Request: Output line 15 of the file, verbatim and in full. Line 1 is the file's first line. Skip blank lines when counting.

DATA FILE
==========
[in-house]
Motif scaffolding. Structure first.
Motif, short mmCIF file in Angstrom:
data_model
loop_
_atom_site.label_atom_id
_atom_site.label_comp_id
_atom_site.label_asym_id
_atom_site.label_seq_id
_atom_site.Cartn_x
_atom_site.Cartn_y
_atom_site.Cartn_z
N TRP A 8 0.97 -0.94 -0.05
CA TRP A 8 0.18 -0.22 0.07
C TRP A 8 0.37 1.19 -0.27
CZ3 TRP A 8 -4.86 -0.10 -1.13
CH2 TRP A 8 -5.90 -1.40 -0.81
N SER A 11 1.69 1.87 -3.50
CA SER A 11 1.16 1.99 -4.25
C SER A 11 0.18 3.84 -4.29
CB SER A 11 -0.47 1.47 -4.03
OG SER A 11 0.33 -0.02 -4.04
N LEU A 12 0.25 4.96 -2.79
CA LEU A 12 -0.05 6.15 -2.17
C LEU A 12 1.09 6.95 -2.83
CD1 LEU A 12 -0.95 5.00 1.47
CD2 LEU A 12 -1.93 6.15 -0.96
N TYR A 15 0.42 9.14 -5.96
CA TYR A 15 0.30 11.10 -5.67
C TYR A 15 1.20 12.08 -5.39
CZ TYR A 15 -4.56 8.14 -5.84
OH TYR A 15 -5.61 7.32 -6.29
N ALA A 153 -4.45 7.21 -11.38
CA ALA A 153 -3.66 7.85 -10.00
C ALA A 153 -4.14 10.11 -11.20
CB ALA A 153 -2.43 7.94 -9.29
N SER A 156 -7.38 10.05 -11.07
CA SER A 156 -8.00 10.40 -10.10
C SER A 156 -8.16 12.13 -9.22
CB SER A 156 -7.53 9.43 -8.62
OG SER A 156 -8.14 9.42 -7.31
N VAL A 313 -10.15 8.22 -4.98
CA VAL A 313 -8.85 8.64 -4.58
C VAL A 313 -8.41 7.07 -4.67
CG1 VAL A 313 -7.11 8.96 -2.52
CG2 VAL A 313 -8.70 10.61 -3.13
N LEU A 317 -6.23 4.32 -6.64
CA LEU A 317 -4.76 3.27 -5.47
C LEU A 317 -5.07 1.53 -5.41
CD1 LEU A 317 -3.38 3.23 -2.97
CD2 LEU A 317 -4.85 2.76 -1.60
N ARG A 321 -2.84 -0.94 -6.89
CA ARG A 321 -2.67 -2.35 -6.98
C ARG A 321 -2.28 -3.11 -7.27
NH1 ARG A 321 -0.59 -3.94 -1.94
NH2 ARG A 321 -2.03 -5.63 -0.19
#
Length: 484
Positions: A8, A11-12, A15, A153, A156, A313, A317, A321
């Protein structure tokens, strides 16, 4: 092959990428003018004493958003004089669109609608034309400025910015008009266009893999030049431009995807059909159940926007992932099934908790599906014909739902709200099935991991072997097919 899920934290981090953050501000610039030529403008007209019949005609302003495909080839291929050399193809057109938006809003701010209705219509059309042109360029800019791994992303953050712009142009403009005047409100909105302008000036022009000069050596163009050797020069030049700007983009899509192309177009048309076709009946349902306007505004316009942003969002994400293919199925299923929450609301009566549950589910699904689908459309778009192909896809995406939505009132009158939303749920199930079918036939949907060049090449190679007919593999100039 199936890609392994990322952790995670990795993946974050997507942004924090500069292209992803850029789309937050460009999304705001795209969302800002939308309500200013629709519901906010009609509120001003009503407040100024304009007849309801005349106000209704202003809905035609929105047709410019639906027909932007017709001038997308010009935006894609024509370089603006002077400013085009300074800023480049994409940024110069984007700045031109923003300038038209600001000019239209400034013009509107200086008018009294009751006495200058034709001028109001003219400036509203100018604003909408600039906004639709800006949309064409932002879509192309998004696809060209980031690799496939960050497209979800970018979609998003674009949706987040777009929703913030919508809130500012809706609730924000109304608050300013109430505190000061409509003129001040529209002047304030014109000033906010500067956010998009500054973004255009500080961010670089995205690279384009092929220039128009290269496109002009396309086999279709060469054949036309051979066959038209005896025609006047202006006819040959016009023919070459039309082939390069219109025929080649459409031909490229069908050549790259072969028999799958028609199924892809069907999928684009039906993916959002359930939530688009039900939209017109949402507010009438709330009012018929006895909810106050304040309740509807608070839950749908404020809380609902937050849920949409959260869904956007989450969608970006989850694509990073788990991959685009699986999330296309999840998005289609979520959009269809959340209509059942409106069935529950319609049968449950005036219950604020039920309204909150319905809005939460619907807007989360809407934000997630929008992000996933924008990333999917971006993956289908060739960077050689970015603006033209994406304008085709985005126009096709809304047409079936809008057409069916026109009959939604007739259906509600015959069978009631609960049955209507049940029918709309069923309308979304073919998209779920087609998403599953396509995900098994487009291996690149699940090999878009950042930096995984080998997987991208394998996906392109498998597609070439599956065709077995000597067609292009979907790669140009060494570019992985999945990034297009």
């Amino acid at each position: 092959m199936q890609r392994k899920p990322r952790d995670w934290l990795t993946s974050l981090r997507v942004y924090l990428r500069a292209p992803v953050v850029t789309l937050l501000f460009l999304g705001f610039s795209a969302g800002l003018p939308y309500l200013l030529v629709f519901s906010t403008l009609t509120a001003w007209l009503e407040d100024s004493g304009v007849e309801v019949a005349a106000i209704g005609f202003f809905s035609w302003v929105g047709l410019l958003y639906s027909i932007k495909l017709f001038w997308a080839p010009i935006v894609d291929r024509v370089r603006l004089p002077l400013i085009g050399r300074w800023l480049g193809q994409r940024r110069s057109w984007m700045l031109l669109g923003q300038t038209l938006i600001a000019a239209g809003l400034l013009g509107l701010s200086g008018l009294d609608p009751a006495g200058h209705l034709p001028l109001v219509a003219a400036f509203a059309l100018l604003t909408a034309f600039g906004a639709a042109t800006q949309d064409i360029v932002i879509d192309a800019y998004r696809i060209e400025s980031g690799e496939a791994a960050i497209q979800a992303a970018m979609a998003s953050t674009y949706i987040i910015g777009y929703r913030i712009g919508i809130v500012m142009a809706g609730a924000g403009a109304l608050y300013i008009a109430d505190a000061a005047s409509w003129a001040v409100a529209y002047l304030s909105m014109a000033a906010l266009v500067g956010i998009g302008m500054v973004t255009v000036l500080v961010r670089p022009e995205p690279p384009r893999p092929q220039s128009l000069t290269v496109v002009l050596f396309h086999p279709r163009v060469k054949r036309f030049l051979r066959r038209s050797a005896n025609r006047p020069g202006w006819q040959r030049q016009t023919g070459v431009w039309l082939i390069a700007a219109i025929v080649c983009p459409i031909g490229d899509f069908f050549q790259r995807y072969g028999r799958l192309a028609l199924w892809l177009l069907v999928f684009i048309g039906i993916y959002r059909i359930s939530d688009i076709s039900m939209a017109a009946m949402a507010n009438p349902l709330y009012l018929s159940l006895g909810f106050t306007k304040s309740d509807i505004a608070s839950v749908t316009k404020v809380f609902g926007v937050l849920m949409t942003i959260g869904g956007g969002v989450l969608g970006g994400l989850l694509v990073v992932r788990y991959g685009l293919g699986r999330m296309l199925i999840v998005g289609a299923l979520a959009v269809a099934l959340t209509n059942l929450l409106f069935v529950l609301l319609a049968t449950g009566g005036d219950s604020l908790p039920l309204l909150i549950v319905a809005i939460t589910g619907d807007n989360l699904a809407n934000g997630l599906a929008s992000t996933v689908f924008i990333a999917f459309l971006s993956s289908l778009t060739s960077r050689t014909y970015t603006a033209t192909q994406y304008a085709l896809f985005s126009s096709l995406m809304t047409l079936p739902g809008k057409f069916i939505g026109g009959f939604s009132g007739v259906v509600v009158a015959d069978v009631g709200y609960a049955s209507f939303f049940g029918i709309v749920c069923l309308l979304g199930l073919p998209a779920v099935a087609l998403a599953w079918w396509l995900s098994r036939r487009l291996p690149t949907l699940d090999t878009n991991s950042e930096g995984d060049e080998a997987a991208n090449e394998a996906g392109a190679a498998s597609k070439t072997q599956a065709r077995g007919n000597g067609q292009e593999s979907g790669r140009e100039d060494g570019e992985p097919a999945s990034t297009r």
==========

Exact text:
C TRP A 8 0.37 1.19 -0.27